Quiet cool and inexpensive!
A very well made CPU cooler for the average user who does not need overclocking.
Very quiet, silver/chrome look and will fit almost all cases.
Not made for extreme overclockers and fan can be loud when under load.
We test as many CPU coolers as we can because you just can’t ever have enough cooling in any system. So today we are testing the Evercool Transformer 4 CPU cooler on our brand new rig to see how it cools that. This CPU cooler has four heat-pipes with large aluminum fins to cool effectively. We will not be able to compare the results of the results from this test with our previous CPU cooler tests because of our new test system.
We upgraded the motherboard, CPU, memory, and video card so the results are expected to be different. The rig is more powerful so a more powerful cooling system is needed. Let’s see how the Transformer 4 performs.
LOOK AND FEEL
The Transformer 4 comes in clear plastic packaging that give you a clear view of the contents inside (the cooler itself). Inside the package, you will find two 120mm cooling fans, the Transformer 4 heat-sink itself, AMD and Intel installation hardware, a backplate, and a thermal compound. The heat sink itself has is made of aluminum fins with copper heat-pipes that go from the base and through the fins. There are two 120mm silver cooling fans that affix on either side of the heat-sink to cool your CPU. The cooler weighs about 845 grams–not too heavy. The fans are silver/chrome, the same as the aluminum fins so they blend in to give a nice and sleek look.
|Motherboard||Gigabyte GA-870A-UD3 AM3 (USB 3.0)|
|CPU||AMD Phenom II X4 965 Black Edition 3.4GHz (4 cores)|
|RAM||G.Skill Ripjaws Series 4GB (2 x 2GB) 240-pin DDR3 PC3 12800|
|Graphics Card||PNY GeForce Verto GTS 250 1GB|
|Storage||Seagate Baracuda 320GB SATA (3.0 Gb/s)|
|Power Supply||Thermaltake Thoughpower XT 775W|
|Optical Drive||Sony CD/DVD RW|
|PC Case||Thermaltake Element G|
|Case Cooling||Various Intake and Exhaust Cooling Fans|
|Operating System||Microsoft Windows 7 Enterprise 64-Bit|
First of all, you need to remove your old CPU cooler and all related hardware from your motherboard and clean the surface of the CPU (you may need to remove the back-plate too). Attach the HPJ back-plate (with six holes) on the back of your motherboard and bolt it on with the supplied bolts with washers (white). Remove the sticker at the bottom of the heat-sink, and put the “I” shaped bracket in the notch of the heat-sink. Apply a little bit of thermal grease on the center of the CPU and place the heat-sink on the center of the CPU while aiming at the holes of the bolt (I would recommend that you remove the fans before starting the installation). Then use the supplied nuts to secure the heat-sink in place (make sure to tighten the nuts together so you don’t damage anything). Then just install the two fans using the fan clips and plug in the power connectors (you can choose to use just one fan if you want). By the way, do not use any kind of tool to tighten the nuts (thumb nuts) that fasten the heat-sink to the motherboard (this is to prevent over-tightening). Install the motherboard back in the case and install any other necessary component that you removed (video card, memory, etc). Now you are done and ready to use this.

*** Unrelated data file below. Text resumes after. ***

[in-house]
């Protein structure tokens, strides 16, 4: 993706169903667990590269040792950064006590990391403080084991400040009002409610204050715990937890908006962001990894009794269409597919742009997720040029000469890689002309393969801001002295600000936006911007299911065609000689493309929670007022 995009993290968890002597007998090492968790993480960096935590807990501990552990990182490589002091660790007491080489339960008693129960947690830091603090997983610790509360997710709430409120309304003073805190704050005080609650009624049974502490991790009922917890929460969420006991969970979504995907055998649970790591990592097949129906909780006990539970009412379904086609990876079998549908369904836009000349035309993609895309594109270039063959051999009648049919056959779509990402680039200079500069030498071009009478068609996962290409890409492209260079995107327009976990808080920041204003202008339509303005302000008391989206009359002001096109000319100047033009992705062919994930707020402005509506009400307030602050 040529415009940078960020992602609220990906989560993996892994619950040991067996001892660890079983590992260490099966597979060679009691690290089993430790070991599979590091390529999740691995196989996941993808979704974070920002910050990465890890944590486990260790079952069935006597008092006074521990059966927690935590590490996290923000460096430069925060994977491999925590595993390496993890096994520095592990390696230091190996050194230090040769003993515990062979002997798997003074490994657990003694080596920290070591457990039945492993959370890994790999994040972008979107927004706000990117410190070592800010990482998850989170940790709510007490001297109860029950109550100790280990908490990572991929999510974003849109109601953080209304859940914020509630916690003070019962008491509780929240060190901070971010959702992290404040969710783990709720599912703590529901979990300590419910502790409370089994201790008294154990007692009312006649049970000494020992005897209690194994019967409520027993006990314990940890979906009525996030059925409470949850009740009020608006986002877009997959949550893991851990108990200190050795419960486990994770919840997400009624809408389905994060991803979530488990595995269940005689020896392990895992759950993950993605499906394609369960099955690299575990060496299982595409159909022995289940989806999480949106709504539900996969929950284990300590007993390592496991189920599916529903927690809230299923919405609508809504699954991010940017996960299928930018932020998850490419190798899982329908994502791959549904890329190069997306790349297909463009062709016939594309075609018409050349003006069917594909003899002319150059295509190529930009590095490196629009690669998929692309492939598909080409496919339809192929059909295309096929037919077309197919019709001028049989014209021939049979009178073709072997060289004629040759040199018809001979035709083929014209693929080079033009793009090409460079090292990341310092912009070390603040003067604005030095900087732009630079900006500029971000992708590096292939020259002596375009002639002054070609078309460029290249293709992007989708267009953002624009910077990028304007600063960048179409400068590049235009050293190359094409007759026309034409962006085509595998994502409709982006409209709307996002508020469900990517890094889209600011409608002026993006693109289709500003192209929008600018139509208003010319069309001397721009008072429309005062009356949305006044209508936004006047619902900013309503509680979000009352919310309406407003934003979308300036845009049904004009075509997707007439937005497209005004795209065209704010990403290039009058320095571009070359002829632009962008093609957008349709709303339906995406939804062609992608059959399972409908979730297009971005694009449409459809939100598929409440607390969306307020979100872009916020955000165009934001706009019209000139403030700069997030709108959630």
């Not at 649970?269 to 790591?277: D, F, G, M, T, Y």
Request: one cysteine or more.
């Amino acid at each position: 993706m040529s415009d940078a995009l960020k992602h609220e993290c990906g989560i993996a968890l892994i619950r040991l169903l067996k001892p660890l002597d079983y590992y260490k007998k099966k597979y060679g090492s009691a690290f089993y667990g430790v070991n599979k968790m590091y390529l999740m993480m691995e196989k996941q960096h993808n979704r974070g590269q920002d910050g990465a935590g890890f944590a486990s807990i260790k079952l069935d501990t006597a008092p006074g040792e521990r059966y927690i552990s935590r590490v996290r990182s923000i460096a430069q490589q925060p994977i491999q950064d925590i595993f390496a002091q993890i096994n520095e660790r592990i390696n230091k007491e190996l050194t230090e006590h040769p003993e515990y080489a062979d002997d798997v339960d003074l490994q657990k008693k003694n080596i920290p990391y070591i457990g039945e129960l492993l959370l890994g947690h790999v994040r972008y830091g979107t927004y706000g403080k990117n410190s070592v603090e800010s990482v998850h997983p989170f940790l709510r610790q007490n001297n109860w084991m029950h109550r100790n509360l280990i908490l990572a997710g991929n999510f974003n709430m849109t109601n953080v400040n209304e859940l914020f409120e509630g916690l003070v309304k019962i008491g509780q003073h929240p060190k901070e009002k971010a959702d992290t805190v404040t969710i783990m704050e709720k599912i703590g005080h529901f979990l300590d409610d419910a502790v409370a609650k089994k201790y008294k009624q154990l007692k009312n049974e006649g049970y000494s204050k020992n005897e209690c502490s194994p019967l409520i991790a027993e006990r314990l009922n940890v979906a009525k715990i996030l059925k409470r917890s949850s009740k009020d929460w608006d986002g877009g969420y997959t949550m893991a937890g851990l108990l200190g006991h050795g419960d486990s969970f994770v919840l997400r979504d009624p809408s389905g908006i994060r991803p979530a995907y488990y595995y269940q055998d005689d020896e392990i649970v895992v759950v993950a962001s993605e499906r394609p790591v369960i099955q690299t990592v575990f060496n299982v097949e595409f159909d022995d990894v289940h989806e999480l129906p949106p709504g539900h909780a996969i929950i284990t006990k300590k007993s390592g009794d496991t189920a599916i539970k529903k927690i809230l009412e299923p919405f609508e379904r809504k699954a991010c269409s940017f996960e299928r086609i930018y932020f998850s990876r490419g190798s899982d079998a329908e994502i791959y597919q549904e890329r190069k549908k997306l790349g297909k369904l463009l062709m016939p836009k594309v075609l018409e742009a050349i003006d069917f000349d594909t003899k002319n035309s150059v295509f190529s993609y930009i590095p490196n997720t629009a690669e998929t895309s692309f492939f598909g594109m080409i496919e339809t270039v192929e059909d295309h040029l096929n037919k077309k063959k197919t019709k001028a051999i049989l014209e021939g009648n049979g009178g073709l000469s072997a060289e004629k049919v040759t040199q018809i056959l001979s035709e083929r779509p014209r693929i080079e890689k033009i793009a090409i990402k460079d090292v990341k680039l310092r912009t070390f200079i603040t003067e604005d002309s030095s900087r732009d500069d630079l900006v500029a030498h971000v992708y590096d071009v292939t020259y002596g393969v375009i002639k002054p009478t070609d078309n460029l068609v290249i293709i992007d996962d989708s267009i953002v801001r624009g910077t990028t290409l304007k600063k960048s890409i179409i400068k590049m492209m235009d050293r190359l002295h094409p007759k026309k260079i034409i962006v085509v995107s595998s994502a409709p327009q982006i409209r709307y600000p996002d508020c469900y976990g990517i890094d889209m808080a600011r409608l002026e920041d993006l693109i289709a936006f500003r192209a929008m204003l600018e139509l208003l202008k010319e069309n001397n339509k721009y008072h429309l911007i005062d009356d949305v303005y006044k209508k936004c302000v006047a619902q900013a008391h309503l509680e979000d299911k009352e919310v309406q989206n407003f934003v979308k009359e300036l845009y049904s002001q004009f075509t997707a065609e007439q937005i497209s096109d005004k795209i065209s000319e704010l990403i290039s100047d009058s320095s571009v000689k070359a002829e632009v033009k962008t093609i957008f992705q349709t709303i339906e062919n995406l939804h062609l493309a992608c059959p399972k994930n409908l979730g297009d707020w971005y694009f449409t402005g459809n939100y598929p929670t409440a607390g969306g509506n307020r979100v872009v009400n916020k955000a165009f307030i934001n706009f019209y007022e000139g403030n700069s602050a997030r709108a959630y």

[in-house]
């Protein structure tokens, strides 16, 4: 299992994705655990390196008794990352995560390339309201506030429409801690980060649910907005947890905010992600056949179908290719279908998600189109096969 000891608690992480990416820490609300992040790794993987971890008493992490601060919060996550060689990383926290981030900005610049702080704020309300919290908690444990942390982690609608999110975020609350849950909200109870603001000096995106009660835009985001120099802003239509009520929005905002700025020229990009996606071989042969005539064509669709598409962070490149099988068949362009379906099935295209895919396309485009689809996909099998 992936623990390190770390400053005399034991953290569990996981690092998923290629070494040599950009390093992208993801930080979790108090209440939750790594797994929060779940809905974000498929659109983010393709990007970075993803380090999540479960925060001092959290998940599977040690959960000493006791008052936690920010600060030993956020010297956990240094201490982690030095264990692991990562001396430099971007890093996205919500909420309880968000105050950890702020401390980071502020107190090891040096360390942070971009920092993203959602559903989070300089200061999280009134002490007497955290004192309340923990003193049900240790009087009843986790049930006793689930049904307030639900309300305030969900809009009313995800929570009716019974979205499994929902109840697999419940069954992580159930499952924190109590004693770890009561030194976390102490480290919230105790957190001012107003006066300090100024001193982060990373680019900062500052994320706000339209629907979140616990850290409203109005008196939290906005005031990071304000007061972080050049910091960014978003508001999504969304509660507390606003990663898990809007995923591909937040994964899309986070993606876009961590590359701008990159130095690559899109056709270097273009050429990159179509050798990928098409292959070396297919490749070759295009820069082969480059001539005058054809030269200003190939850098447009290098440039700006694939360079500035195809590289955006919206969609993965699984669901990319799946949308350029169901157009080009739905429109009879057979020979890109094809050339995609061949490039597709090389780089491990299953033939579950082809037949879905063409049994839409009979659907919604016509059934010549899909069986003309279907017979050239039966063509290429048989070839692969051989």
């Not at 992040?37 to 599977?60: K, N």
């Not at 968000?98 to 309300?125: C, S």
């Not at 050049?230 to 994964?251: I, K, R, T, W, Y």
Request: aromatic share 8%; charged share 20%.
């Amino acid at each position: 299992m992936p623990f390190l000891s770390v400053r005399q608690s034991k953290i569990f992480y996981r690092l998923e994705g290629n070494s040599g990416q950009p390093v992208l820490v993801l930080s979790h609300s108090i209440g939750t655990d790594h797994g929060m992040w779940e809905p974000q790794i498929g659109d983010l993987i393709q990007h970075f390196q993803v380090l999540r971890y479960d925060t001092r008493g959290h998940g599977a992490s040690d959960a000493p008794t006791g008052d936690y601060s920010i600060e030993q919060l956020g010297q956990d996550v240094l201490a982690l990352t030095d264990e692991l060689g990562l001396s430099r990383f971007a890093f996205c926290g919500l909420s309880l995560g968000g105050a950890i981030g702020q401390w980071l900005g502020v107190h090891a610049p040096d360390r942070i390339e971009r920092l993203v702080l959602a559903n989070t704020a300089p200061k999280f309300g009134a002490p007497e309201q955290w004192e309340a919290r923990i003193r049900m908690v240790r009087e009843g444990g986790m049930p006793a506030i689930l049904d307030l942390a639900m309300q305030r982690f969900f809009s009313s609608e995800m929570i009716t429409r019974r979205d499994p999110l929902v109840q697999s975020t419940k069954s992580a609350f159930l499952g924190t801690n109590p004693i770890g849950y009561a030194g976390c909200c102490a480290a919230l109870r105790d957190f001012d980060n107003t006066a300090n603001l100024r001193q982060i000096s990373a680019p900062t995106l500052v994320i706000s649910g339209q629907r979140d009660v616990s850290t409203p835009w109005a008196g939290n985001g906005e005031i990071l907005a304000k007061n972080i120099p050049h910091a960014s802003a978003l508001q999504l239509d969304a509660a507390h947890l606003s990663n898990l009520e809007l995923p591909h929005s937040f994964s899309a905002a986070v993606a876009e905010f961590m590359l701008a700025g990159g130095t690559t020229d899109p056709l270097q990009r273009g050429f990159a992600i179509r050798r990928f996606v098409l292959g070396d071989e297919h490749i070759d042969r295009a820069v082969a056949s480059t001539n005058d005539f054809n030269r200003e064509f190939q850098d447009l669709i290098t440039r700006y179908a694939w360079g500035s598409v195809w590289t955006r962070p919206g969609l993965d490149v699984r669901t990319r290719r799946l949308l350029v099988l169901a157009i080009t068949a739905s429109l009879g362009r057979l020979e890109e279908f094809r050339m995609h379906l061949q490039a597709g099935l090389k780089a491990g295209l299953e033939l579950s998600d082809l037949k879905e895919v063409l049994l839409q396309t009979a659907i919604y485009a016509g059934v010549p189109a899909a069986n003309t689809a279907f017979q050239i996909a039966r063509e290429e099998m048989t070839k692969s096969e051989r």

First, I will test the system at idle by leaving it idle for 1 hour. Then I will perform a load test using CPU Burn-in v1.01 for 1 hour also. I will use Gigabyte’s EasyTune 6 (ET6) utility to monitor the temperatures. I will then install the Transformer 4 CPU cooler and perform the above tests again. Then we will compare the Stock heat-sink and Transformer 4 test results to see how much improvement we actually get. I will not be able to compare it with any other CPU cooler because this is a totally different test system.
So, looking at the results, we can clearly see that while Transformer 4 is obviously way better than the stock as expected. On idle the stock heat-sink kept the CPU temperature at 51oC and the Transformer kept it at 42oC. On load, the stock heat-sink kept the CPU running at 86oC where the Transformer lowered it down to 70oC. So at both idle and load the Transformer 4 ran the CPU well below 10oC cooler than the stock. This is an excellent improvement for the everyday user and it also gives you room to overclock a little bit if you wanted.
The Evercool Transformer 4 CPU cooler is a very good choice for any low to mid-range computer setup, especially a budget system. The performance is really good and the fans are very quiet. The overall installation was fairly easy but not as easy as one would expect (I am very spoiled by Noctua). The fan provides awesome cooling even if you overclock your CPU a little. The cooler performed very well in all our tests and it beat the AMD stock cooler as expected. I would highly recommend this CPU cooler for anyone looking to cool their budget system and get the best value for their money. A quick search online reveals that you can buy one of these Transformer 4 CPU coolers for well under $40 USD. I am giving this CPU cooler 4 out of 5 because of the performance and low noise. I am also presenting it with our Best Buy award because it is worth every penny you spend on it.
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